The centrifugal regulator has a rotatably mounted shaft 34 with a gear 33. A helical driving gear 35 on the output shaft 3 engages the gear 33 to drive the shaft 34. At its upper end, the shaft 34 is fixed to a member 36 with a number of ball shaped depressions 37 for balls 38. A corresponding member 40 with depressions 39 is displaceably journalled on the shaft 34 above a flange 41 on the shaft. The member 40 has a cylindrical extension 42 which forms the valve body of the valve 31, regulating the fluid discharge from an underlying chamber 43, which communicates with the channel 32.
The injection regulator in FIGS. 2-5, as well as that in FIG. 1, are assumed to be coupled to the ordinary lubrication system of the engine and are supplied with oil from the engine oil pump. The chamber 43 is supplied with oil in a manner not shown in more detail here, via a constriction and the oil pressure in the chamber 43 thus acts on the member 40 with an upwardly directed force, while the centrifugal force on the balls, as the shaft rotates, produces a downwardly directed force on the member 40 because of the shape of the depressions 37,39. At low r.p.m., the oil pressure force dominates and lifts up the member 40, so that the chamber 43 is drained by oil leaking out between its edge and the valve body 42. At higher r.p.m. the centrifugal force dominates and the member is pressed down by the balls 38 into the position shown in FIG. 3. An oil pressure proportional to the square of the engine speed is thus produced in the channel 32 leading to the bores of the valve slides 22,23.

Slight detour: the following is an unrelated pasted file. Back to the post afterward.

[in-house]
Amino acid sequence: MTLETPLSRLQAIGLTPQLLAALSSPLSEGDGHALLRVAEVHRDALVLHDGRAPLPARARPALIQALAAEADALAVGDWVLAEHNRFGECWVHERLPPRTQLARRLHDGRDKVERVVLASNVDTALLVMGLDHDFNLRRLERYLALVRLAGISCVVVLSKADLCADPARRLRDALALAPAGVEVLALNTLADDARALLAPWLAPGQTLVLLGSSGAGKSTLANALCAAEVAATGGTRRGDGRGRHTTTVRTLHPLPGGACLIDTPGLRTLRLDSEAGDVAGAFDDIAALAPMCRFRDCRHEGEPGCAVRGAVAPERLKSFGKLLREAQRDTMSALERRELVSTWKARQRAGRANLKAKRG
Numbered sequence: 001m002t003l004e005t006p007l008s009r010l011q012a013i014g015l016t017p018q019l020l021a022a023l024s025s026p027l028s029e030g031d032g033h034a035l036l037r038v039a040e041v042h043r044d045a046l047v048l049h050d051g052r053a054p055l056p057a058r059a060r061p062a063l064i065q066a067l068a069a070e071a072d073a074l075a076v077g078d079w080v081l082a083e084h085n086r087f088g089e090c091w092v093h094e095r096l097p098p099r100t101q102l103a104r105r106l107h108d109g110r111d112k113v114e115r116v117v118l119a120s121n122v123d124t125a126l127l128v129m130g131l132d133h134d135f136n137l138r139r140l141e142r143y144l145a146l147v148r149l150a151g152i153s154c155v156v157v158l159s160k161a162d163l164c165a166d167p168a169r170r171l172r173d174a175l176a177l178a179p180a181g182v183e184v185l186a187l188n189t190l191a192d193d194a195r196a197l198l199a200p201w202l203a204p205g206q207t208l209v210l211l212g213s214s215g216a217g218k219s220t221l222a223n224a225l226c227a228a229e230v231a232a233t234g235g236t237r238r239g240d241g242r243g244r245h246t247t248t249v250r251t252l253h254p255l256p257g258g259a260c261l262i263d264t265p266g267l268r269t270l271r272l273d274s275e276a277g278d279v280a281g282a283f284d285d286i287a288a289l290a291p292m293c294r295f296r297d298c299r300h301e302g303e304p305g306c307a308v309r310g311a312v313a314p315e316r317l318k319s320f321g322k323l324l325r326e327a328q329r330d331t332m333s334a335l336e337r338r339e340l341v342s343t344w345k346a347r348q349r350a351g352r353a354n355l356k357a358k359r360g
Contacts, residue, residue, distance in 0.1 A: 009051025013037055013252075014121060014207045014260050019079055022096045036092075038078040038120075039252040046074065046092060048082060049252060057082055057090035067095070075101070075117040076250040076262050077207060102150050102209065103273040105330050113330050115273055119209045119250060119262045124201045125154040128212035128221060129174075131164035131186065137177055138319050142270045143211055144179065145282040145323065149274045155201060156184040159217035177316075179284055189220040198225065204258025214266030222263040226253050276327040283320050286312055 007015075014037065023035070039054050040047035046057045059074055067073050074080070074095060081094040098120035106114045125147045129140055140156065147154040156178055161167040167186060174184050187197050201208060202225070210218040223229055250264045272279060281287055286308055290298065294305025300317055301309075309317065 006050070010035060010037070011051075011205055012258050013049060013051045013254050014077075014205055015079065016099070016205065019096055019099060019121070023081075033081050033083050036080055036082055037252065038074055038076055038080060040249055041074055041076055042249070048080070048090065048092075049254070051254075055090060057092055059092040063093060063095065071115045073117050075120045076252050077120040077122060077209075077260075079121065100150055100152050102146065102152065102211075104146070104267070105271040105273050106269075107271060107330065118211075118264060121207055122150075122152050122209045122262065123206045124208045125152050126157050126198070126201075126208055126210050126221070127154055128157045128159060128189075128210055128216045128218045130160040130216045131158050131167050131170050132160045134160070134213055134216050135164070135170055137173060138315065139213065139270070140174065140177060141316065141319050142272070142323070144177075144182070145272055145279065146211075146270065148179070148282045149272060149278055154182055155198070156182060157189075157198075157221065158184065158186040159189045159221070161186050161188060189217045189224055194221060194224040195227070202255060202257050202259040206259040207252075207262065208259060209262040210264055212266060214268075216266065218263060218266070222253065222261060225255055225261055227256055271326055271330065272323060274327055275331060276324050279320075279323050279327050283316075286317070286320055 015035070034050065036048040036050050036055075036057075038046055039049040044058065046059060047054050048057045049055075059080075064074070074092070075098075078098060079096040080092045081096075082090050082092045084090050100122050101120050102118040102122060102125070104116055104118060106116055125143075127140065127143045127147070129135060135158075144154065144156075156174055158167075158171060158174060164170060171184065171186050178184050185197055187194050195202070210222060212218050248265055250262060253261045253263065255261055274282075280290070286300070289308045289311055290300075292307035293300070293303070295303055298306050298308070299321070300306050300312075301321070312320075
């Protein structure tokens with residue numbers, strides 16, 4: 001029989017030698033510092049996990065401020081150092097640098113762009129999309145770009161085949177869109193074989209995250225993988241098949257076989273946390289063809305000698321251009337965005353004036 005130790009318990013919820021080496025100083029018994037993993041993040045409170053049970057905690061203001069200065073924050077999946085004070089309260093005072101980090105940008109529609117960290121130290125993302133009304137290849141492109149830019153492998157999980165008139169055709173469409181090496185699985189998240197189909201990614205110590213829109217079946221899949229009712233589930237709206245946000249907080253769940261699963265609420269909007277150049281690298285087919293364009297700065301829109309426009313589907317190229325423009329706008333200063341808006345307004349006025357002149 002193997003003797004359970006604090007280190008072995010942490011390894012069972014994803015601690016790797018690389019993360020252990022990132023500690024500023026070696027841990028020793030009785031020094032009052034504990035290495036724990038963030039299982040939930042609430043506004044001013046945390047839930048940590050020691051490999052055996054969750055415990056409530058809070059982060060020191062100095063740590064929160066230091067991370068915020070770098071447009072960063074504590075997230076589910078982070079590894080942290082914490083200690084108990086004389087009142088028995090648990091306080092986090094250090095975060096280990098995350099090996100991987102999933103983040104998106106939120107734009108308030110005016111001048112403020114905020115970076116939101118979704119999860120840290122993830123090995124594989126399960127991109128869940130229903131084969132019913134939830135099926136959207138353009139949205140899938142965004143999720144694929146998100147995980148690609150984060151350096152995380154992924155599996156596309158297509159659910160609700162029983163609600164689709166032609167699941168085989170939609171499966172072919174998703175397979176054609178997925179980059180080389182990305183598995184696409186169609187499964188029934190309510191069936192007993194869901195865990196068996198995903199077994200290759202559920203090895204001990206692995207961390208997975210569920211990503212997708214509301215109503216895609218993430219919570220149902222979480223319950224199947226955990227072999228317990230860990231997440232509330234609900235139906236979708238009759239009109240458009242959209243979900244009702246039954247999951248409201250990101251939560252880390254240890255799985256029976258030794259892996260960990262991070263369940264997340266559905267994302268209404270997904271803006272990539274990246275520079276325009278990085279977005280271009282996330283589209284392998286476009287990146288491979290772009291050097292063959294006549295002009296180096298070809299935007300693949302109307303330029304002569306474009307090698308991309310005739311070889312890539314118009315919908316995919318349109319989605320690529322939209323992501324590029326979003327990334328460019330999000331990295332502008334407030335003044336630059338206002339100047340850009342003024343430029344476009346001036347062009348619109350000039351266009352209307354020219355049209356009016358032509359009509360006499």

In the injection timing regulator in FIGS. 2-5, the element 7 is displaceably mounted on a shaft 50 which extends between the input and output shafts 2,3 and is rotatable relative thereto. In a central bore 51 in the element 7, a pair of springs 52,53 are mounted between a pair of end bushings 54, which see to it that the element 7 is kept in the center position when the pressures are equal in the cylinder chambers.